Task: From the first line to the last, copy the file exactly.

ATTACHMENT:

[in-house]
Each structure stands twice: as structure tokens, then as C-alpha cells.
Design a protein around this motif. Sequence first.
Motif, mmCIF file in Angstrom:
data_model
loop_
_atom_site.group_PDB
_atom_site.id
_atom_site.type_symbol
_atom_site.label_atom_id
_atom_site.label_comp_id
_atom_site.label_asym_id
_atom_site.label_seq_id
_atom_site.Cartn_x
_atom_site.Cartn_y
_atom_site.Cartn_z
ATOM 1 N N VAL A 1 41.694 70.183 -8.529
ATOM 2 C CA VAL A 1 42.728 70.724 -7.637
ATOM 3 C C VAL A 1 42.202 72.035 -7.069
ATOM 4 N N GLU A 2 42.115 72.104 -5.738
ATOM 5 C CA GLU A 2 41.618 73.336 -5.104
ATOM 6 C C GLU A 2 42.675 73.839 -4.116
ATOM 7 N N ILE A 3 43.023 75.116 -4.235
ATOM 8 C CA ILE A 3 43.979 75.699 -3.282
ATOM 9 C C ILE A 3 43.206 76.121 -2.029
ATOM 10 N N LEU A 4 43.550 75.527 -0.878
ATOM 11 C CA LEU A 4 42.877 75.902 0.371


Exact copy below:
[in-house]
Each structure stands twice: as structure tokens, then as C-alpha cells.
Design a protein around this motif. Sequence first.
Motif, mmCIF file in Angstrom:
data_model
loop_
_atom_site.group_PDB
_atom_site.id
_atom_site.type_symbol
_atom_site.label_atom_id
_atom_site.label_comp_id
_atom_site.label_asym_id
_atom_site.label_seq_id
_atom_site.Cartn_x
_atom_site.Cartn_y
_atom_site.Cartn_z
ATOM 1 N N VAL A 1 41.694 70.183 -8.529
ATOM 2 C CA VAL A 1 42.728 70.724 -7.637
ATOM 3 C C VAL A 1 42.202 72.035 -7.069
ATOM 4 N N GLU A 2 42.115 72.104 -5.738
ATOM 5 C CA GLU A 2 41.618 73.336 -5.104
ATOM 6 C C GLU A 2 42.675 73.839 -4.116
ATOM 7 N N ILE A 3 43.023 75.116 -4.235
ATOM 8 C CA ILE A 3 43.979 75.699 -3.282
ATOM 9 C C ILE A 3 43.206 76.121 -2.029
ATOM 10 N N LEU A 4 43.550 75.527 -0.878
ATOM 11 C CA LEU A 4 42.877 75.902 0.371